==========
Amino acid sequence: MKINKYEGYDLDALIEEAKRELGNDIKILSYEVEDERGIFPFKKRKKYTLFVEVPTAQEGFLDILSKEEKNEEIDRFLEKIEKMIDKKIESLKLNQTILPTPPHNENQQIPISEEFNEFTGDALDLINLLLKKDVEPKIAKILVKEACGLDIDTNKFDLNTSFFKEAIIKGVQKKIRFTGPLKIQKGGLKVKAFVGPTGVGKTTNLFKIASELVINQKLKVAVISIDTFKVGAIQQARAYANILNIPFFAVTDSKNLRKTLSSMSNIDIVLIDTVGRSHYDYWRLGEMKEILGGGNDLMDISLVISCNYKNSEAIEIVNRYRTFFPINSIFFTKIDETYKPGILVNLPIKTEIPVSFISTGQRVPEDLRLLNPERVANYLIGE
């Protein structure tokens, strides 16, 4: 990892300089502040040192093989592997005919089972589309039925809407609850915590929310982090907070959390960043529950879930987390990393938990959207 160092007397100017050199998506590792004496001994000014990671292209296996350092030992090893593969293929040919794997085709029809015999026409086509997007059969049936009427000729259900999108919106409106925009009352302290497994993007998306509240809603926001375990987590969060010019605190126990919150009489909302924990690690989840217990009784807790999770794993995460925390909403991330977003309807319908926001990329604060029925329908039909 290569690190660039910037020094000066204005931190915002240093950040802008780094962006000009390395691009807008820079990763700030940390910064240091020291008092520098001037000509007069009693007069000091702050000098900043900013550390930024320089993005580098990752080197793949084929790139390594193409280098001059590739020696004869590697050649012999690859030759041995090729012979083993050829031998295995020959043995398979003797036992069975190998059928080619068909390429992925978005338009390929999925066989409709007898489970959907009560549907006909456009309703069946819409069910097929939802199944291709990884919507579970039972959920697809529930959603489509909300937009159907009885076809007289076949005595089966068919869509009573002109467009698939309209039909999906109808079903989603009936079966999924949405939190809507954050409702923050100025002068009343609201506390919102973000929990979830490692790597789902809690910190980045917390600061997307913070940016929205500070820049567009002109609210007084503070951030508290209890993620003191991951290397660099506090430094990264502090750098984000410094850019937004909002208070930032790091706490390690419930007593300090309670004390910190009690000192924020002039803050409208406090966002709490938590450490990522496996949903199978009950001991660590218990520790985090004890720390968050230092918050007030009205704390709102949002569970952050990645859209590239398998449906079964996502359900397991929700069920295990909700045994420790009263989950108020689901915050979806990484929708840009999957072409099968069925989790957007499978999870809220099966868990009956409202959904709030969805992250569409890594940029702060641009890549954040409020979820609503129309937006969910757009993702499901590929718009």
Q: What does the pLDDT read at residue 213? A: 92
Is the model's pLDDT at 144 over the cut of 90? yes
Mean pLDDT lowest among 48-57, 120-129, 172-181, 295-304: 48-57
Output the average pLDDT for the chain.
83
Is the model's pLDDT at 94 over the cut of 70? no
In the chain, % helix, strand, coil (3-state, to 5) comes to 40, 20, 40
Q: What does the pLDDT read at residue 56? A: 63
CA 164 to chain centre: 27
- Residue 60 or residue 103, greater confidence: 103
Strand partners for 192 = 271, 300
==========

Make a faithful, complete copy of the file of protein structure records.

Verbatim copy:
Amino acid sequence: MKINKYEGYDLDALIEEAKRELGNDIKILSYEVEDERGIFPFKKRKKYTLFVEVPTAQEGFLDILSKEEKNEEIDRFLEKIEKMIDKKIESLKLNQTILPTPPHNENQQIPISEEFNEFTGDALDLINLLLKKDVEPKIAKILVKEACGLDIDTNKFDLNTSFFKEAIIKGVQKKIRFTGPLKIQKGGLKVKAFVGPTGVGKTTNLFKIASELVINQKLKVAVISIDTFKVGAIQQARAYANILNIPFFAVTDSKNLRKTLSSMSNIDIVLIDTVGRSHYDYWRLGEMKEILGGGNDLMDISLVISCNYKNSEAIEIVNRYRTFFPINSIFFTKIDETYKPGILVNLPIKTEIPVSFISTGQRVPEDLRLLNPERVANYLIGE
């Protein structure tokens, strides 16, 4: 990892300089502040040192093989592997005919089972589309039925809407609850915590929310982090907070959390960043529950879930987390990393938990959207 160092007397100017050199998506590792004496001994000014990671292209296996350092030992090893593969293929040919794997085709029809015999026409086509997007059969049936009427000729259900999108919106409106925009009352302290497994993007998306509240809603926001375990987590969060010019605190126990919150009489909302924990690690989840217990009784807790999770794993995460925390909403991330977003309807319908926001990329604060029925329908039909 290569690190660039910037020094000066204005931190915002240093950040802008780094962006000009390395691009807008820079990763700030940390910064240091020291008092520098001037000509007069009693007069000091702050000098900043900013550390930024320089993005580098990752080197793949084929790139390594193409280098001059590739020696004869590697050649012999690859030759041995090729012979083993050829031998295995020959043995398979003797036992069975190998059928080619068909390429992925978005338009390929999925066989409709007898489970959907009560549907006909456009309703069946819409069910097929939802199944291709990884919507579970039972959920697809529930959603489509909300937009159907009885076809007289076949005595089966068919869509009573002109467009698939309209039909999906109808079903989603009936079966999924949405939190809507954050409702923050100025002068009343609201506390919102973000929990979830490692790597789902809690910190980045917390600061997307913070940016929205500070820049567009002109609210007084503070951030508290209890993620003191991951290397660099506090430094990264502090750098984000410094850019937004909002208070930032790091706490390690419930007593300090309670004390910190009690000192924020002039803050409208406090966002709490938590450490990522496996949903199978009950001991660590218990520790985090004890720390968050230092918050007030009205704390709102949002569970952050990645859209590239398998449906079964996502359900397991929700069920295990909700045994420790009263989950108020689901915050979806990484929708840009999957072409099968069925989790957007499978999870809220099966868990009956409202959904709030969805992250569409890594940029702060641009890549954040409020979820609503129309937006969910757009993702499901590929718009």
Q: What does the pLDDT read at residue 213? A: 92
Is the model's pLDDT at 144 over the cut of 90? yes
Mean pLDDT lowest among 48-57, 120-129, 172-181, 295-304: 48-57
Output the average pLDDT for the chain.
83
Is the model's pLDDT at 94 over the cut of 70? no
In the chain, % helix, strand, coil (3-state, to 5) comes to 40, 20, 40
Q: What does the pLDDT read at residue 56? A: 63
CA 164 to chain centre: 27
- Residue 60 or residue 103, greater confidence: 103
Strand partners for 192 = 271, 300